Kent State implements new dispatch system

Sasha Parker

After more than 25 years of using the same technology, the Kent State Police Department has installed new dispatch systems that could save students’ lives in the case of an emergency.

“The only systems that have changed are the radio and phone systems,” said Matt Radigan, Kent State dispatcher and information supervisor. “When the systems cannot be repaired in a timely fashion, it’s time for an update.”

The new radio system was installed in November 2005. Before the new equipment, dispatchers were using large furniture console pieces for radio dispatch.

“The old system had lots of lights and buttons. It took up a lot of space,” Radigan said. “With this new technology, you can put the entire radio on a computer screen. It’s more user-friendly.”

The new phone system was installed last February. The system works by putting the phone functions on a touch screen panel.

Kent dispatchers were required to go through four hours of training to learn how to use the phone system.

“Previously, there was no technical phone training, so when you go from no training to four hours of training, it’s quite a jump,” Radigan said. “I wanted to make sure the dispatchers had a variety of training on the phone system.”

In October 2001, the Federal Communications Commission issued a mandate requiring all wireless carriers to be able to pinpoint locations for 911 dispatchers. This ties in with Phase II – a technology promoted by the FCC that enables cell phone users to make emergency calls. It also allows emergency medical dispatchers to locate the geographic position of the caller.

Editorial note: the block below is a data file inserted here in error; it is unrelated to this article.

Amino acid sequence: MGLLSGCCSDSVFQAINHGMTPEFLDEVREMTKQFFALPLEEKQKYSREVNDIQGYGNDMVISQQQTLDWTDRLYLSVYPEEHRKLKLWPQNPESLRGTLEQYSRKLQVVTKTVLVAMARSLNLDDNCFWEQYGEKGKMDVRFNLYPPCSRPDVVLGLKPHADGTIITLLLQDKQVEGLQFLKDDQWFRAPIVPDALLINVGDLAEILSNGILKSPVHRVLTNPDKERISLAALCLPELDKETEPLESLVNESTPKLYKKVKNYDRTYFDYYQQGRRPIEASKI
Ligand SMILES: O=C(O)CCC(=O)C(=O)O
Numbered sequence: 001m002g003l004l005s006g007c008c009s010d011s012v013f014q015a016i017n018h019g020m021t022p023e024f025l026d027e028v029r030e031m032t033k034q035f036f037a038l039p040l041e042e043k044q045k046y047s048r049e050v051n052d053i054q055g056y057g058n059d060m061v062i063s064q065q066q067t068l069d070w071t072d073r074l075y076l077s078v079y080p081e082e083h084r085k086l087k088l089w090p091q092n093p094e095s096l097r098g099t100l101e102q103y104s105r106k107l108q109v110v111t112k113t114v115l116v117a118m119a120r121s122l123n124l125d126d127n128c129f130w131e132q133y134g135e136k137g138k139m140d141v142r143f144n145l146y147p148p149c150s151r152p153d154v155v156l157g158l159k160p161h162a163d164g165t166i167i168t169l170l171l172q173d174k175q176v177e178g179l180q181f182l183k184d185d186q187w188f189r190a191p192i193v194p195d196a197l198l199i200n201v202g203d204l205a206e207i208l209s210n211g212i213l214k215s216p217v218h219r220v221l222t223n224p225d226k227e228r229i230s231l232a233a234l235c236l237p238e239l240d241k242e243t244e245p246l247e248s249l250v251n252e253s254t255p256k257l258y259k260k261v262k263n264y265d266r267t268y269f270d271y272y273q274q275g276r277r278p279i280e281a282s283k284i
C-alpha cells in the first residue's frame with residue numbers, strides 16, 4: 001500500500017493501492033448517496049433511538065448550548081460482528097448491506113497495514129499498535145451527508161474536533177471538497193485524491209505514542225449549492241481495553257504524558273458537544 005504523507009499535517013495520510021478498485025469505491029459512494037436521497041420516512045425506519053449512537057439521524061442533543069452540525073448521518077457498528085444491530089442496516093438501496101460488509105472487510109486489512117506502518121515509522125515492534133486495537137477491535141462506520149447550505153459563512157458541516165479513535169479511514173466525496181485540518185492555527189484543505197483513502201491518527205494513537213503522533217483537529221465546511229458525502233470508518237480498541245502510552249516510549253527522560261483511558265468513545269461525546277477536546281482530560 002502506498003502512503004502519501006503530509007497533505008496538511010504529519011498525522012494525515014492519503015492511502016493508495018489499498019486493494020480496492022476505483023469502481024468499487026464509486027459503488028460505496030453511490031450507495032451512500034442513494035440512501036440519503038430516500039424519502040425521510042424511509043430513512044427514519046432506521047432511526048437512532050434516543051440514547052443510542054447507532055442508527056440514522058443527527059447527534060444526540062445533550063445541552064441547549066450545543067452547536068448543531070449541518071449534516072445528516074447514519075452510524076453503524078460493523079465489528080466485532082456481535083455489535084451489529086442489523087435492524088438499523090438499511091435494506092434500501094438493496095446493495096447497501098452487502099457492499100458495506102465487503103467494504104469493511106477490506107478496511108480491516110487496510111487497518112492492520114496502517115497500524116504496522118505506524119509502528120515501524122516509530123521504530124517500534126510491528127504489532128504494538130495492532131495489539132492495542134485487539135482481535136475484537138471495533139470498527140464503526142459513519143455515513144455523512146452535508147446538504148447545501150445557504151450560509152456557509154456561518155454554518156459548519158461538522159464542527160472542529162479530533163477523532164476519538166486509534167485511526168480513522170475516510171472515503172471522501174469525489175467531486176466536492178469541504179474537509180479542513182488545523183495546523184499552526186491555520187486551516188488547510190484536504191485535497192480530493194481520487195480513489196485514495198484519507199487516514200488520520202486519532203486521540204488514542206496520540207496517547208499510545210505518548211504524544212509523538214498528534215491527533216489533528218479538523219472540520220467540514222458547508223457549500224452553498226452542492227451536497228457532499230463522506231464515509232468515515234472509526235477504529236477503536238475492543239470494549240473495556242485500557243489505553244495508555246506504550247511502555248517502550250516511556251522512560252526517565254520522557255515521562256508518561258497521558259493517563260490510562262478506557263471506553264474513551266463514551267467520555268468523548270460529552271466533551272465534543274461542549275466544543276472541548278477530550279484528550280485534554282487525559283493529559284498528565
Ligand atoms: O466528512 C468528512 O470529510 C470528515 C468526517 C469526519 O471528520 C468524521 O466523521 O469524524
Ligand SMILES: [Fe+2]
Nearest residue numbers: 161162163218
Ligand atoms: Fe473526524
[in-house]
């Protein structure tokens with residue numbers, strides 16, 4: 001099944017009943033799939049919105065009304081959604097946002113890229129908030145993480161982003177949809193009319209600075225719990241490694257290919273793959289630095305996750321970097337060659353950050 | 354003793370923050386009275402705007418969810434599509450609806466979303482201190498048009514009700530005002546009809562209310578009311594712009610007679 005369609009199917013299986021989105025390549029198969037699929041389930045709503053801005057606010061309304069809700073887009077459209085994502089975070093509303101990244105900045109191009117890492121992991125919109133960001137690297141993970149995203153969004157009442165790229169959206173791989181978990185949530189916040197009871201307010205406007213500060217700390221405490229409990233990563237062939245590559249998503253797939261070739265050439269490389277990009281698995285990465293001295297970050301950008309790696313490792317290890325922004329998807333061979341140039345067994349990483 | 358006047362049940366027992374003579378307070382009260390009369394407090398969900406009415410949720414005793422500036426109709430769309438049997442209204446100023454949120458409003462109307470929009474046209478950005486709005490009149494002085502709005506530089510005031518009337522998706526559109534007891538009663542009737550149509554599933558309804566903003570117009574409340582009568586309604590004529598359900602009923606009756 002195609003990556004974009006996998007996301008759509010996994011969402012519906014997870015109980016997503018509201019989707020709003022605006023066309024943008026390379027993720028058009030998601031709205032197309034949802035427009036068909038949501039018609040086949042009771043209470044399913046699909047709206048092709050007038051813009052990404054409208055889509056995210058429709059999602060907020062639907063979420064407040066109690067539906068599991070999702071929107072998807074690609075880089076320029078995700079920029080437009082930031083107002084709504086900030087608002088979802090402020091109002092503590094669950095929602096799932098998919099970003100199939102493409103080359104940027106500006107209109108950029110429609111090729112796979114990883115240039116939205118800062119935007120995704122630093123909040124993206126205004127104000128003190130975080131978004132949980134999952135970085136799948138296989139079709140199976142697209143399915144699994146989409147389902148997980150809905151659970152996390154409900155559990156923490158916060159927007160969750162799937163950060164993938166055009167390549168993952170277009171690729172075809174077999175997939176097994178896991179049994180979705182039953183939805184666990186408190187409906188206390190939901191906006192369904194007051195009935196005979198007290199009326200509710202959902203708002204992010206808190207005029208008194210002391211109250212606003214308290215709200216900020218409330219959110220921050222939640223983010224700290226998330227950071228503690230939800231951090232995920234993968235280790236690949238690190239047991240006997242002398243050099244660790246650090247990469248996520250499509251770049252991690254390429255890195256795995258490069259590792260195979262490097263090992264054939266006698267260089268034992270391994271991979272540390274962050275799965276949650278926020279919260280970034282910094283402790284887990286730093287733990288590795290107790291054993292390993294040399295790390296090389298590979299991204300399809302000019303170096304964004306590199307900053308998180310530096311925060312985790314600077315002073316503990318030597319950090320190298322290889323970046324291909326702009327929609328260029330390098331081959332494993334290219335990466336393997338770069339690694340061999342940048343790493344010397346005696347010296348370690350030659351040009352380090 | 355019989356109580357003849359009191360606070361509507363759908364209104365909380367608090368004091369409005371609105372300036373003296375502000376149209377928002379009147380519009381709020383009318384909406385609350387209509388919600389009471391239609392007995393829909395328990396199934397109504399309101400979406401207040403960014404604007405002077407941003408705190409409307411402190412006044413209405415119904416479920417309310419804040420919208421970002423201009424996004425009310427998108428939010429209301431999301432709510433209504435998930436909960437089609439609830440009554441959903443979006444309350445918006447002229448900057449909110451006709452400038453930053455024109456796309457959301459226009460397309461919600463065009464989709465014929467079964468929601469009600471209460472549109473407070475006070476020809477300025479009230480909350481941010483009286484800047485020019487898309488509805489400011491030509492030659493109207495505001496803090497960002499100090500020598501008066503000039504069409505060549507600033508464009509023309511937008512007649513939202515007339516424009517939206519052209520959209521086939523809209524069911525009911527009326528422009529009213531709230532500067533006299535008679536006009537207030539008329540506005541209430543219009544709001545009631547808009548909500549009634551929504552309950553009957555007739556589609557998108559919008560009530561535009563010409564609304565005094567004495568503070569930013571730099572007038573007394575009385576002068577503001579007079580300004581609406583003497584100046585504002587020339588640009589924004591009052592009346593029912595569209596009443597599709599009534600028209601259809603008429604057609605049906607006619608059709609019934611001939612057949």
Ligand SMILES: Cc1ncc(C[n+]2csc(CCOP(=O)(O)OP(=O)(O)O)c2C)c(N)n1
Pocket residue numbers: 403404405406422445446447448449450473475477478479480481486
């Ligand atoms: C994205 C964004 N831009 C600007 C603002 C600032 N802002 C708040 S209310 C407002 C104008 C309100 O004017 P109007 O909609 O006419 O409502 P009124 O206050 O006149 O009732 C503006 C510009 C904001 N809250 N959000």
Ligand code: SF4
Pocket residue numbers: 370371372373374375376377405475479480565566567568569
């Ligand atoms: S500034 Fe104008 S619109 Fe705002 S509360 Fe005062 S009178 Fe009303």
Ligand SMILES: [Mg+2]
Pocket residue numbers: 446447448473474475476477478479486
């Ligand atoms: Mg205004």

Upgrading the system makes Kent State Phase II compliant.

“With this new technology, we now have the appropriate equipment to handle Phase II calls,” Radigan said. “Obviously, this was a big concern for us because so many college students use cell phones before they’ll hook a phone up in their room.”

With the new phone system, wireless 911 calls can come in and the system plots the caller’s location on a computerized map using latitude and longitude coordinates.

“When you dial a 911 call, the computer will try to get GPS coordinates that will come through the system,” Radigan said. “Each cell phone tower is programmed to send calls to the nearest center, and each side of a tower can be programmed to dial a different center.”

There are six or seven Public Safety Answering Point centers in the county, Radigan said.

“If the PSAP dialed is busy, your call could leap-frog from tower to tower until it reaches one that isn’t.” Radigan said.

Currently, Kent State police dispatch is the only team in the county to be Phase II compliant; however, it may take two to three years before the team is able to accept Phase II calls.

In the meantime, all Phase II calls will come through the Portage County Sheriff’s Department.

The next step is for all answering points in the county to come together and decide who gets which towers, Radigan said. Then the county comes up with specific agreements with wireless service providers.

“The good thing about this is that Ohio is kind of last to come up with a plan for wireless 911, so the cell phone providers already have a blueprint to work off of,” Radigan said. “The bad thing about this is that Ohio is kind of last to come up with a plan for wireless 911.”

Contact general assignment reporter Sasha Parker at [email protected].